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Factory Automation White Papers

Automation technology

Fine Rack Positioning: Vision Technology Enhances Image Capture

By Steve Tomko and Helge Hornis

Automated Storage and Retrieval Systems (ASRS) are integral to a fully automated warehousing system. Users demand nearly perfect availability and exceptionally fast operation. While the speed of an ASRS is limited by the selected drives’ components, modern sensor technology helps to coordinate positioning motion, increasing the speed of the ASRS. (PDF, 223 KB)

Pressing on with Safety Networks

By Helge Hornis

Cutting, milling, and bending are processes where tremendous forces and huge pressures can result in dangerous situations. A solid functional safety concept is an absolute must. Designers must engineer solutions that are safe and offer the operational reliability and real-time diagnostics required to succeed. This paper describes the solution of safety networks. (PDF, 146 KB)

Redundancy in Technological Systems

By Helge Hornis

Functional safety systems are probably the most common automation solutions based on redundancy. But not all redundant systems are equal. Depending on a detailed safety evaluation, safety solutions of varying complexity can be used to address the particular needs of the application. (PDF, 212 KB)

Designing for Noise Immunity

By Helge Hornis

With an increase in the use of electronic equipment, electronic noise can no longer be ignored. Device manufacturers, machine builders, and users need to know how they can layout their systems to reduce noise susceptibility, and what they can do to develop reliable automation equipment. (PDF, 192 KB)

Market information

Auto Racking and Bin Picking in the Automotive Industry

By John Appleson

Auto racking and bin picking are common applications in the automotive industry to automate production sequences and reduce costs. Project engineers now have the possibility to use optical systems for their applications. Selecting the most suitable sensor is critical. VMT has the solution. (PDF, 2.58MB)

Networking I/O Increases Reliability of Metal Forming Applications

By Helge Hornis

The high shock and vibration of metal forming applications not only destroy sensors but also severely limit cabling reliability and expected service life. The solution is simple: reduce the number of cables needed to run I/O. Fortunately, this is possible using open AS-Interface technology.  (PDF, 925KB)

Minimizing Packaging Changeover Costs by Smart Component Selection

By Jeff Allison

Changeover for packaging equipment is costly and time-consuming. But a little forethought goes a long. This paper explores some straightforward methods of selecting and using sensors that help you to get your process up and running quickly. (PDF, 3.26MB)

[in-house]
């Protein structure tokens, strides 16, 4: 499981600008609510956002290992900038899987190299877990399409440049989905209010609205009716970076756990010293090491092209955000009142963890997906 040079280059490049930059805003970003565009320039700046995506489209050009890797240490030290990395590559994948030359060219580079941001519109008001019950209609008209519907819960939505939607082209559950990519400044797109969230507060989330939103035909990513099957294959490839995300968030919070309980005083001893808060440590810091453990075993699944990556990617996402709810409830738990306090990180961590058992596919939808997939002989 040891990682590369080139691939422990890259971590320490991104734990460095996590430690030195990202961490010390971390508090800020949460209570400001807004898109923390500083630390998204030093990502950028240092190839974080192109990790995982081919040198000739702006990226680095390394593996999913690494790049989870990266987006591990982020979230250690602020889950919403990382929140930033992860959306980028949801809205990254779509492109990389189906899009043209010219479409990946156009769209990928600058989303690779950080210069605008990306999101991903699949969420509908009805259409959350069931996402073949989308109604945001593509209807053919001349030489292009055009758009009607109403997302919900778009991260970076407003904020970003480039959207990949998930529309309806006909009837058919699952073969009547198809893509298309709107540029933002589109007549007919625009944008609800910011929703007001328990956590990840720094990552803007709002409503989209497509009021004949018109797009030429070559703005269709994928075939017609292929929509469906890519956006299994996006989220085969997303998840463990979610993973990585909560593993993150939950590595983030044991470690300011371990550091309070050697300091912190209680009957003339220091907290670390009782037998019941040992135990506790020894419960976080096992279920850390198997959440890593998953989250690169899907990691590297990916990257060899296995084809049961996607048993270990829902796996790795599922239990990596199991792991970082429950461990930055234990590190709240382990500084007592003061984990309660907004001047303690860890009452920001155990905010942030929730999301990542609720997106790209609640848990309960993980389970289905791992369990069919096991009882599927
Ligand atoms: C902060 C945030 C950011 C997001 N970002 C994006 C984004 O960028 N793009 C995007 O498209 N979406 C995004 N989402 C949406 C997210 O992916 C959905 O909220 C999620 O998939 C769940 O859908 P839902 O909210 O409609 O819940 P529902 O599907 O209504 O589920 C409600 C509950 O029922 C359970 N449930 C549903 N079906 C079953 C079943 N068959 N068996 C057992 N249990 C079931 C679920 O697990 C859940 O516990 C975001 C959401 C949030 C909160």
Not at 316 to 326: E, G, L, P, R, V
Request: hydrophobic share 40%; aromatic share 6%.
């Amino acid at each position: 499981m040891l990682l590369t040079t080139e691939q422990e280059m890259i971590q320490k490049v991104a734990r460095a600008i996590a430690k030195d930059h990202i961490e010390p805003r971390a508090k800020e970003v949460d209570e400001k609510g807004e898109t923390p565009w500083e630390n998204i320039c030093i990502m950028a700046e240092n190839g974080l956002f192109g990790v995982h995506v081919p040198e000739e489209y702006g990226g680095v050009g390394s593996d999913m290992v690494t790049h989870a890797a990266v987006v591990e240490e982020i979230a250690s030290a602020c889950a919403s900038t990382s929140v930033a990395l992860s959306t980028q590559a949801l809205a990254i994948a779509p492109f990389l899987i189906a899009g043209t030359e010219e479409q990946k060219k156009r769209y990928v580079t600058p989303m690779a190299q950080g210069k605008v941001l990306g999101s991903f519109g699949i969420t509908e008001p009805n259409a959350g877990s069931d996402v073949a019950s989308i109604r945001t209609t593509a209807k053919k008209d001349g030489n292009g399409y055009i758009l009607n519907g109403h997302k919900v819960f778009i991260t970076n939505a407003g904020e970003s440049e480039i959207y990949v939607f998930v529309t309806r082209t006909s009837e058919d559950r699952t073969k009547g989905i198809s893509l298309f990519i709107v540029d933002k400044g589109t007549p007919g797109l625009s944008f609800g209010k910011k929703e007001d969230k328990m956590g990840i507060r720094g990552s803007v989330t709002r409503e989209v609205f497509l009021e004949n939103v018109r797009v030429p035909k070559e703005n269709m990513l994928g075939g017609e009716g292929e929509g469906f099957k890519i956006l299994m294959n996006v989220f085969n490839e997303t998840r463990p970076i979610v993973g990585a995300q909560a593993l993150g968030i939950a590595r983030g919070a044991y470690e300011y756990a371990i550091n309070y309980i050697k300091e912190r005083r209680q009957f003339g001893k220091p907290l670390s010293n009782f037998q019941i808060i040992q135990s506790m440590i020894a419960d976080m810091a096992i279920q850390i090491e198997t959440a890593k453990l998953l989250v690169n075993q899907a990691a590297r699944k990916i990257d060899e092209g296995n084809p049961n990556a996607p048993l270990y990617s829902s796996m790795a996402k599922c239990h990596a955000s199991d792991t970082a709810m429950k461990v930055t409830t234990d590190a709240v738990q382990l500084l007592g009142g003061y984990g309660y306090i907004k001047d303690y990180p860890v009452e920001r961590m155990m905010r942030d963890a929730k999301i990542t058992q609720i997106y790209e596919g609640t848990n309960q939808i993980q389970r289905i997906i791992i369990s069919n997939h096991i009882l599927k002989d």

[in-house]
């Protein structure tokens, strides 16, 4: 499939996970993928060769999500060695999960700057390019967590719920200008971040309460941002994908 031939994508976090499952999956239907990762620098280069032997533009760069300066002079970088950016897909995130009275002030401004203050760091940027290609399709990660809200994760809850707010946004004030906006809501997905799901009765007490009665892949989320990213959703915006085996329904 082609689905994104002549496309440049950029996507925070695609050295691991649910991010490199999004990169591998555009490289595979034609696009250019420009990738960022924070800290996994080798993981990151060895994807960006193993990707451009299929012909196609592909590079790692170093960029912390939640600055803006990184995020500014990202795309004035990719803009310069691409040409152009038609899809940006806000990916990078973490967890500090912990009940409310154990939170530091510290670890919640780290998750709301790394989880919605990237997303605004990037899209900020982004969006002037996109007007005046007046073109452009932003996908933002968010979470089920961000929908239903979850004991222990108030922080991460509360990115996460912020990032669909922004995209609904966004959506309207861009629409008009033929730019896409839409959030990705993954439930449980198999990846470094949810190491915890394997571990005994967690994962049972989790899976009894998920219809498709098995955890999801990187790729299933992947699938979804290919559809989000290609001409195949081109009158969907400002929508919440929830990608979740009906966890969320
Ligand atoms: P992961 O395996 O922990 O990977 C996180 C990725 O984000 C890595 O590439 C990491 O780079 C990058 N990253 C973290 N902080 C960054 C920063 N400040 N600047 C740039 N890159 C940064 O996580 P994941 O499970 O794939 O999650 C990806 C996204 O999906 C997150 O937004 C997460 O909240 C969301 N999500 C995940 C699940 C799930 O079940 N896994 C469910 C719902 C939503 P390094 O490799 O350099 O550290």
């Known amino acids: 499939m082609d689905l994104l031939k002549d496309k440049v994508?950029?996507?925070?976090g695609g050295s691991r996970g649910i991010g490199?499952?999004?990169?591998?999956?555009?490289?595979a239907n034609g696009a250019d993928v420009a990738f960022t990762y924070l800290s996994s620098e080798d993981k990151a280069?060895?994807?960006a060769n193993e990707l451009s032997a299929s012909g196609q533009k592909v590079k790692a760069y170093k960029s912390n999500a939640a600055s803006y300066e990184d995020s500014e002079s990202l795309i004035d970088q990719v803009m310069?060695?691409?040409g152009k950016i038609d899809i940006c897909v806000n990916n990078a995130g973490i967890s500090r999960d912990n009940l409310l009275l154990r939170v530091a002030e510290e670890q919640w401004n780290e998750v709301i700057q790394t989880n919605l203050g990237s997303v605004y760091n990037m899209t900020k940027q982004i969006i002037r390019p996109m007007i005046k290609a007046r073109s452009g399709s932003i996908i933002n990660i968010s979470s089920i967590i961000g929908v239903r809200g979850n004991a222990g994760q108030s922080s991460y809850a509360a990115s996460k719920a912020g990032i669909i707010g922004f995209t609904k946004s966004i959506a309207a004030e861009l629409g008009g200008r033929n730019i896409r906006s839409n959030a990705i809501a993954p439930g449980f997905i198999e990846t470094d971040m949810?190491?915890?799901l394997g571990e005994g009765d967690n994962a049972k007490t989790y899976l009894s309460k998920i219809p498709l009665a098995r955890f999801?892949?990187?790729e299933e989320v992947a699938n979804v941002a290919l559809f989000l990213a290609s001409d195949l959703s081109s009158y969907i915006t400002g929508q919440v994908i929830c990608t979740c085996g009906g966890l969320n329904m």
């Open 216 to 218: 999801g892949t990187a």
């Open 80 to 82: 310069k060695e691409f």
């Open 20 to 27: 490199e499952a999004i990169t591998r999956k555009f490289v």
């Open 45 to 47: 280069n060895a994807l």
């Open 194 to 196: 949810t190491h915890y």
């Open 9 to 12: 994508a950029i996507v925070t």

Color-Blind No More, Contrast and Color Sensors Open Eyes in the Packaging Industry

By Jeff Allison

Contrast and color sensors have a wide range of uses in packaging and converting processes. This paper identifies ten not-so-common applications where contrast and/or color sensing could replace a more expensive vision sensor. Luminescence sensing is also discussed.  (PDF, 862KB)

Material Handling: Sensing Challenges and Solutions

By Thomas Corbett and Gary Frigyes

In today’s material handling market, OEMs are faced with a number of concerns when choosing a sensor manufacturer and specifying sensors. Learn about the features that are available with Pepperl+Fuchs photoelectric sensors and how we address the current market trends in material handling. (PDF, 744KB)

Identification systems

Machine Readable Labels Using Data Matrix Symbology

By Wolfgang Weber

An introduction to the advantages of 2-D Data Matrix symbology. (PDF, 1.10MB)

RFID in Pharmaceutical Applications: Headache or Relief?

The pharmaceutical industry has unique requirements, especially when dealing with highly regulated products. It is looking at RFID as a possible solution to those problems. What should Pfizer, GlaxoSmithKline and Bayer consider before jumping into RFID? (PDF, 667KB)

Current Trends in RFID

By Helge Hornis

The visibility that RFID enjoys today is not without problems. This paper addresses several misconceptions about the technology and discusses the effects that recent developments have had on the discrete manufacturing sector.  (PDF, 2.23MB)


Configuring a Safe Input on AS-Interface Safety at Work

By Helge Hornis

After the AS-Interface Safety at Work network has been built and modules have been addressed, the safety functions are configured in the AS-Interface
safety controller (aka the SafetyMonitor.) This Technology Brief discusses the available input types selectable in the safety configuration. (PDF, 262 KB)

Setting up an AS-Interface Safety Configuration

By Helge Hornis

This document includes seven basic example configurations that show how the Pepperl+Fuchs safety controller can be used to solve everyday safety applications. Ultimately, we hope to provide a useful resource for all users of the SIMON+ configuration environment. (PDF, 607 KB)

AS-Interface: Breaking the 100-meter Limit

By Tim Cicerchi